I started out doing most of my coaching in-person. In the weight room or in front of a bouldering wall, you’re having a conversation and can be more reactive than proactive. As I moved into more remote coaching relationships, I noticed that I really needed to show up prepared. I needed to do a fair bit more question-asking, more thinking, and more follow-up communication. Early on, I provided OK programming, meandering conversations, and absolutely zero discussion of tactics, strategy, or movement.

It seems obvious now, but at the time I assumed that other climbers were more like me, and they were already doing a fair amount of thinking about how they planned out their crag day and where they put their feet. This is a big part of our coaching now, and many hard lessons led to us finally teaching to the whole climber.

Today, we have a team of nearly twenty coaches who regularly audit their coaching, their meeting structure, and their athlete performance. They bring these thoughts to the team managers and we rebuild and restructure our coaching frequently. The essential part of all of this is performance. Who cares if an athlete is stronger if they are not sending? Or braver but not sending? Or leaner but not sending? 

We do our best to break down the elements of performance, and to figure out where our athletes are not addressing the essentials. And you don’t need a coach if you can make this happen for yourself. Every month, you should ask:

  • Did my training produce the desired result?
  • How closely did I adhere to the plan?
  • Was the plan the appropriate difficulty and duration?
  • Did this month’s training address my short, medium, and long-term goals?
  • Did I like it?

The service industry (and coaching is part of that industry) is about trading money for time. If you have the time, you don’t need money. If you want to improve, but don’t have time, you hire an expert. Occasionally, you can do it yourself with great results. Other times, it’s hard to get it right without expert eyes on the project.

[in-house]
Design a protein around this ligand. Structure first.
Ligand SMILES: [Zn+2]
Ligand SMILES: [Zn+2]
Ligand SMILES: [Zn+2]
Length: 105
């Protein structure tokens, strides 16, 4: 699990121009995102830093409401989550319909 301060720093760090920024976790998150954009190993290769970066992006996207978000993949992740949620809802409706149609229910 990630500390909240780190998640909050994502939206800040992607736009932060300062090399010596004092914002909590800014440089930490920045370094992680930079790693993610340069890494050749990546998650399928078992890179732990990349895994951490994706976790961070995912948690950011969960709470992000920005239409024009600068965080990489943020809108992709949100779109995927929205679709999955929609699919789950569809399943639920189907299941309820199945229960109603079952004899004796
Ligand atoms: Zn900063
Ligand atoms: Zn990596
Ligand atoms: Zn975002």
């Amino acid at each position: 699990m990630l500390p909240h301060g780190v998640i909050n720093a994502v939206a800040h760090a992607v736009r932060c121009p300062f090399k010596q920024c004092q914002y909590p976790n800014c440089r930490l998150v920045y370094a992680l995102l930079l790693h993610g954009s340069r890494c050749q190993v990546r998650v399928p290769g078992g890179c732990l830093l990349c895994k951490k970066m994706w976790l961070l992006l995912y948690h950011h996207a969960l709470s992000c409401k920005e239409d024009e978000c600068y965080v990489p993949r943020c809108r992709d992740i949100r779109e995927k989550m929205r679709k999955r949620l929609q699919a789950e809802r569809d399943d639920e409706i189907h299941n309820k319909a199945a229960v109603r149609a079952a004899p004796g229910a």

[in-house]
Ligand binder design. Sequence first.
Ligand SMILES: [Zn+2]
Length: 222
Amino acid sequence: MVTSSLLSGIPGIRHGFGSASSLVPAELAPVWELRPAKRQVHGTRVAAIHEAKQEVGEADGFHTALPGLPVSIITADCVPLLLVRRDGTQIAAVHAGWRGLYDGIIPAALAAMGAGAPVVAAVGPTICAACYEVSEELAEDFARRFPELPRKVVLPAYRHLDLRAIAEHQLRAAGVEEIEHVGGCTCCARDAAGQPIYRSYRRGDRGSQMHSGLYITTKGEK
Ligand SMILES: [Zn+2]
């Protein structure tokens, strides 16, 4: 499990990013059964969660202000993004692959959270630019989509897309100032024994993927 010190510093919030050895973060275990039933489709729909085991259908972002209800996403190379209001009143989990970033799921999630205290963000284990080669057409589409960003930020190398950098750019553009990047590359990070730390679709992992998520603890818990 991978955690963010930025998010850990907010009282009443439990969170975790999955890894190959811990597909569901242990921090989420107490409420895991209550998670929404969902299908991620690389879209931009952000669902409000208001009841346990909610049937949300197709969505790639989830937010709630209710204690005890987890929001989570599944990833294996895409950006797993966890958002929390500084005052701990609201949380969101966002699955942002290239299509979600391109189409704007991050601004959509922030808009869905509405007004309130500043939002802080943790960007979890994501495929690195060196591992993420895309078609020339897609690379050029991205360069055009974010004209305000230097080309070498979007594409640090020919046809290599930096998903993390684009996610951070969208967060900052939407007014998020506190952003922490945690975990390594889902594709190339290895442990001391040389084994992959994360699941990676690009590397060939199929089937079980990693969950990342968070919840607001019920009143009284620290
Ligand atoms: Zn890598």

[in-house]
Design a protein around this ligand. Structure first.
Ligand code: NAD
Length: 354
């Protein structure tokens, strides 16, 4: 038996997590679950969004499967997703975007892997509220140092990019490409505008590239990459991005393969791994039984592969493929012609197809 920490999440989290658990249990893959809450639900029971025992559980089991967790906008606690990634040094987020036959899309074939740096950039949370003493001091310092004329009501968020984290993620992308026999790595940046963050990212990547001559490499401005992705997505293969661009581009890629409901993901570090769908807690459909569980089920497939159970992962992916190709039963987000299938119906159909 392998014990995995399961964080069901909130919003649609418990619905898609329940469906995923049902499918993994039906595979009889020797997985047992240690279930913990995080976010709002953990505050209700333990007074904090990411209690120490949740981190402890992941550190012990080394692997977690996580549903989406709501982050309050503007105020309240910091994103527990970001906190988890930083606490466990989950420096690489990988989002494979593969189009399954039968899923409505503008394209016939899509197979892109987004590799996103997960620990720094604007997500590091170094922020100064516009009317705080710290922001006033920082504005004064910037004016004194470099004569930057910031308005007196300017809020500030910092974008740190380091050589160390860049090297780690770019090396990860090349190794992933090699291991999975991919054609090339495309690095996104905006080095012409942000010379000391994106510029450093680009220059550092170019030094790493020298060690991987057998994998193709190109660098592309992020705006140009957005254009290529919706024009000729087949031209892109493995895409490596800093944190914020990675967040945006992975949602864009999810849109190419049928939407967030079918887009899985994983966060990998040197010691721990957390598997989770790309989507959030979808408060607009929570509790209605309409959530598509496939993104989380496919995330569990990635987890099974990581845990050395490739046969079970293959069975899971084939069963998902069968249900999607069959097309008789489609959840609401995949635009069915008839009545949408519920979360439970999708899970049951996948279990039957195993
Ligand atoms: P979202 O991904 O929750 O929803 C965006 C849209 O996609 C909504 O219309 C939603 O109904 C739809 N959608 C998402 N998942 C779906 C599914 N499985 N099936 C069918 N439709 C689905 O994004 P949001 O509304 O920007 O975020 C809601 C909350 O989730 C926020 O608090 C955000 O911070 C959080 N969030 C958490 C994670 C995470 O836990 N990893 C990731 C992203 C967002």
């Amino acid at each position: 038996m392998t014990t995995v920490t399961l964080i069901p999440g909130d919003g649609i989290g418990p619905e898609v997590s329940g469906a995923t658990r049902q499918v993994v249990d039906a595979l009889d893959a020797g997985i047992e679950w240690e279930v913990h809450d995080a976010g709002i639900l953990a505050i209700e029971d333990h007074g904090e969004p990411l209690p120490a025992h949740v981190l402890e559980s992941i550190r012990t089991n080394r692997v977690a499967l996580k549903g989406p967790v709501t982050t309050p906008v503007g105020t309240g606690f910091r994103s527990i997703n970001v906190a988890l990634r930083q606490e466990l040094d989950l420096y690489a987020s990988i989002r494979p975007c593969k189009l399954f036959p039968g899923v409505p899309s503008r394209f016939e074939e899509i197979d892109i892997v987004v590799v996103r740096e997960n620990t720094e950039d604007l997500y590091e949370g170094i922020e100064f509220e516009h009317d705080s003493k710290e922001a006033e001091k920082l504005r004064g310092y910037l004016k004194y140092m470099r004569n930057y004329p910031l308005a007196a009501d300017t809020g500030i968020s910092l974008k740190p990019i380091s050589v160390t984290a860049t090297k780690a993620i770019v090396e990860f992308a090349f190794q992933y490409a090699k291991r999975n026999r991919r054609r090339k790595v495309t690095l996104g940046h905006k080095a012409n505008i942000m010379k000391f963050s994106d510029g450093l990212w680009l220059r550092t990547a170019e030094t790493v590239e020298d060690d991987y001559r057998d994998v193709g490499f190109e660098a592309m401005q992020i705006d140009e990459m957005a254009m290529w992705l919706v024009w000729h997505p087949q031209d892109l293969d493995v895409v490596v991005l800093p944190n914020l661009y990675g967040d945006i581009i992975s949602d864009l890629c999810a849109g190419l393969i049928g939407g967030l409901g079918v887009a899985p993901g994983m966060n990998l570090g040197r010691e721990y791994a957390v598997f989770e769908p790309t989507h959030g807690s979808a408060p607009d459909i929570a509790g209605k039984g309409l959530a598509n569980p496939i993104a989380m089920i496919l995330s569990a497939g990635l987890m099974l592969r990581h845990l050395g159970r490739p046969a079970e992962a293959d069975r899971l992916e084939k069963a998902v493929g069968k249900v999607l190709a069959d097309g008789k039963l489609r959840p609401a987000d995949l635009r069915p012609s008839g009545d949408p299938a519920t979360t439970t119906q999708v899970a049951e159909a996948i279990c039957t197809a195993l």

Here is What A Coach Does

Coaches help with setting the course and correcting the course. An eight week program that was created without you in mind and is not discussed with you while you do it is not coaching. Meeting you at the gym randomly and randomly critiquing your beta is not coaching. 

It’s taken a much longer time than I like to admit, but learning to listen, learning to help athletes evoke, and then building a plan for that athlete based on solid principles is where we start. There is not one athlete that doesn’t need special considerations. 

We then communicate. We ask questions again and in a different way. We help athletes understand what it is about performance climbing that they like, and how it makes their lives better (if it does). We help them identify the pieces that are lacking in their physical, mental, and technical preparation. We then build out manageable steps to get them there.

In so many ways, if I had known it would be this hard to be a climbing coach, I would never have started. But I did. And then Charlie did. And Alex, and Chrissy, and Ken. And the whole team. 

We’re many years past the early days of the blog and the first Strength guide. I am proud of the team I am part of, and I am really excited for what’s coming next from them.

Hold Fast,



Steve is the founder of Climb Strong, and is proud to be the worst coach on the Climb Strong team. A climber for nearly 40 years, he has traveled to globe bouldering, sport climbing, and doing first ascents of some of the world's biggest walls. 

He is co-owner of Elemental Performance + Fitness, and is the author of several books on training for climbing. He lives in Lander, Wyoming, with his wife Ellen and children Sam and Anabel. He includes low-intensity training in almost everything he does these days...since it feels pretty tough.